From state-owned photo studios to personal digital SLRs, check out the history of modern Chinese photo-taking

In 1978, Wu Haijun made a living taking photos of villagers in Sichuan Province with his Pearl River twin-lens reflex camera. Business was good; in rural China, a camera was a rare thing. Families, many of whom had never been photographed before, put on their best clothes for the occasion. For each photo, Wu charged 0.64RMB. Wherever he was, he would always convert his own bedroom into a studio; he developed the photos in bed after it got dark, washed them in basins and flipped them with chopsticks.

Wu didn’t want to work in a city. In fact, he couldn’t. The market was dominated by well-equipped photo studios, most of which were state-owned (and would be until the late 1990s). Wu couldn’t compete with their plastic fruit and flower arrangements, their picturesque backdrops of the Great Wall or a forest in autumn. After all, city dwellers took these things seriously on the few occasions they actually went to a photo studio. It was a sort of ritual, something you did only on special occasions such as birthdays, graduations and weddings.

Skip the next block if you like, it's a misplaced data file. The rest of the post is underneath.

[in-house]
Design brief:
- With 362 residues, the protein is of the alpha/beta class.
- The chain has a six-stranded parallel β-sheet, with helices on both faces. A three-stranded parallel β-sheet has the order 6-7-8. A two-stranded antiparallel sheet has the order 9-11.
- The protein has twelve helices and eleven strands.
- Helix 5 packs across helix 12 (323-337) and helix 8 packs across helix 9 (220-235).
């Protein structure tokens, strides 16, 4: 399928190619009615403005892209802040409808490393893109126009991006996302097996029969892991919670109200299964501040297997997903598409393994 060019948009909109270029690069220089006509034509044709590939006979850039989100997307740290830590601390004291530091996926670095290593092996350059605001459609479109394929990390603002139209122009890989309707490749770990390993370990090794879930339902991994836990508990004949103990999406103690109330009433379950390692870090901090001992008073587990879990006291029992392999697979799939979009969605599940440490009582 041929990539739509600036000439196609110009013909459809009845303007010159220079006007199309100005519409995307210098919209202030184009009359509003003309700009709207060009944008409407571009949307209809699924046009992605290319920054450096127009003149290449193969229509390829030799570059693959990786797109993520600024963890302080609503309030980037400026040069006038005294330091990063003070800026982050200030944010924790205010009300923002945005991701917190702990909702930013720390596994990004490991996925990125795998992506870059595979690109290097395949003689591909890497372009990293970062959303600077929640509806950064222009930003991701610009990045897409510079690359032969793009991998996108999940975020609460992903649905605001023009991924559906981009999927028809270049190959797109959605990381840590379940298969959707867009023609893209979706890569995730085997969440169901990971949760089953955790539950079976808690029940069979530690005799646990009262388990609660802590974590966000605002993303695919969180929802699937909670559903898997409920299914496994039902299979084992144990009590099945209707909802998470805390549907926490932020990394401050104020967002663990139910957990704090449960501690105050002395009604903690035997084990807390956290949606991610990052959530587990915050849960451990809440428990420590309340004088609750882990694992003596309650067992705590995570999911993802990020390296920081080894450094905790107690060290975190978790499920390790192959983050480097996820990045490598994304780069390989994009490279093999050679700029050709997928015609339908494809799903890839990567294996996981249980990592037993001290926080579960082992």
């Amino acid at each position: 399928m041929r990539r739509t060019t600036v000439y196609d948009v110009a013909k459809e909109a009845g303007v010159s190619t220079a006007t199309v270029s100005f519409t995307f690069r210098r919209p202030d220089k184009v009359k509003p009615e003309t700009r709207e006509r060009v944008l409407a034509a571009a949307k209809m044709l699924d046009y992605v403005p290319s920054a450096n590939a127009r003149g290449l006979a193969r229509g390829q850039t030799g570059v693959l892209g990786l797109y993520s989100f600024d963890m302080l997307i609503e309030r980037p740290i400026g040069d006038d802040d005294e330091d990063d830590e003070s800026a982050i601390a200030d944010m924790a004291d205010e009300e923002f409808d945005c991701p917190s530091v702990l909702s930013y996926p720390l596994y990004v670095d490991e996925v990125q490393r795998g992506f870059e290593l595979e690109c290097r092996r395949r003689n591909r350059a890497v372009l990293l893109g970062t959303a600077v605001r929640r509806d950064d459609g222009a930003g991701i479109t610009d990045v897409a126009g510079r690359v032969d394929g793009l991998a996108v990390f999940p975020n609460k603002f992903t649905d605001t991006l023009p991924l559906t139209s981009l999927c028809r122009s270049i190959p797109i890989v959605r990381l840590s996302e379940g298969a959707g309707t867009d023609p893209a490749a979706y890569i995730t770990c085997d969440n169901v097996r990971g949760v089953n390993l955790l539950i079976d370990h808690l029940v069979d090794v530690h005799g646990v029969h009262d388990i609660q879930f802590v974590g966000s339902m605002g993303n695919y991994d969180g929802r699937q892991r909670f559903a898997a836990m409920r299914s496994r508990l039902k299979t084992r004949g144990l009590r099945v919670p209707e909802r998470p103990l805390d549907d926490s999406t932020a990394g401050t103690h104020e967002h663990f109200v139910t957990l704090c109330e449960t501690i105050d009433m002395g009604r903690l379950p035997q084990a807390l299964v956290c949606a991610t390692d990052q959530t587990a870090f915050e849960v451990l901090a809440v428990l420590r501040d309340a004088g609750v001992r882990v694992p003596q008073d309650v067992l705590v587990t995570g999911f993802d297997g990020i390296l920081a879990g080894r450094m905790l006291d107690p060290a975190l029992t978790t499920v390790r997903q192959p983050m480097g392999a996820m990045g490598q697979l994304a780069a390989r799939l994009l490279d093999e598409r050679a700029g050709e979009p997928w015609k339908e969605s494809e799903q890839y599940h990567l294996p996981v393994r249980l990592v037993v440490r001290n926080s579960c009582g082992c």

By today’s standards, the equipment that set these studios apart seems almost medieval. The lighting was dependent on bulbs that were at most 200W, and light meters and remote shutter cords were rare. Touching up photos wasn’t a matter of just two or three clicks in Photoshop, it was an art.

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Ginger Huang is a contributing writer at The World of Chinese.

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